Step aside America, Canada just reinvented the coin.
The Royal Canadian Mint decided to break the mold -- literally -- and design a coin in the shape of Canada in honor of Canada Day.
Erica Maga, product manager at the Royal Canadian Mint, told CNN this was a first for the Mint. The engineering and research and development teams worked together to create the innovative shape before the design was selected. The Mint reached out to artist Alisha Giroux, who had previously designed a Canadian map with a different animal for each province.
"I remembered that a few years ago, we had a meeting with Ms. Giroux where she had brought in a print of her map of Canada design," Maga said. "I knew at once it would be just perfect."
Giroux told CNN she had designed the Canadian map years ago just for fun so having her design on a coin was surreal.
"I cried happy tears," Giroux said. "I was ready to retire the design, and this was the best send-off I could ask for."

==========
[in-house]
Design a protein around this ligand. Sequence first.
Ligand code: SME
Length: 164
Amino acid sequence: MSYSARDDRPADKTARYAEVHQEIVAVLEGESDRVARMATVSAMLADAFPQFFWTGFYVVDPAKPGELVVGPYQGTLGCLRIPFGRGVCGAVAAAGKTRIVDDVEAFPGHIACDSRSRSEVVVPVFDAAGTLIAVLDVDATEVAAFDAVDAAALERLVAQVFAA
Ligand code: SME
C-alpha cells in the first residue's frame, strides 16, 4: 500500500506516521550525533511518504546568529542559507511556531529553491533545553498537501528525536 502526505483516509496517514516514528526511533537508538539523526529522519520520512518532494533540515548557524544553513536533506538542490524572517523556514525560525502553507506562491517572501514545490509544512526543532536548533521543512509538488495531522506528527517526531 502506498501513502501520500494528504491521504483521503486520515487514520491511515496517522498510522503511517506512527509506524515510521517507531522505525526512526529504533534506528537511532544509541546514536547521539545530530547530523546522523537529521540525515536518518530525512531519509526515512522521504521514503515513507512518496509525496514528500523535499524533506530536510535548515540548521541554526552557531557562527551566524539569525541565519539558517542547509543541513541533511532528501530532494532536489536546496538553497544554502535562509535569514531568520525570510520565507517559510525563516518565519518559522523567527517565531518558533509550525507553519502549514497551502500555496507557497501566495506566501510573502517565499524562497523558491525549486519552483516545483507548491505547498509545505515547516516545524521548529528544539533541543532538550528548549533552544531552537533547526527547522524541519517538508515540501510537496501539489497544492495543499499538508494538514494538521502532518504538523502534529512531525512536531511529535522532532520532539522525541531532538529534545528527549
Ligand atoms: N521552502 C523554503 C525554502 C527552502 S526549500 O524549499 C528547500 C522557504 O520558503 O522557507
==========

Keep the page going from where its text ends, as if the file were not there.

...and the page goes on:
Giroux specializes in wildlife illustration, especially with Canadian animals.
"The map itself, with all its various islands and provincial shapes, often looked like animals to me growing up -- Baffin Island, for examples, looks like a dog on its back, and Newfoundland always resembled a dinosaur," Giroux said.
The limited-edition coin costs a whopping US $260 ($339 Canadian) and was only printed 2,000 times. Maga said the coin costs so much because it's is made from three ounces of pure silver and was difficult to manufacture.
"The coins were struck, and then the edges were finished before the coloured design was applied very carefully to ensure it aligned perfectly with the engraved relief," Maga said.
This isn't the first time the Mint has created unique coin shapes. They have made a variety of different shapes, including squares and the famous maple leaf. They also developed the world's first glow-in-the-dark circulation coins. Maga said Australia is the only other country, to her knowledge, that has designed a coin in the shape of their country.
The coin, titled "The Canadian Landscape," can be found here.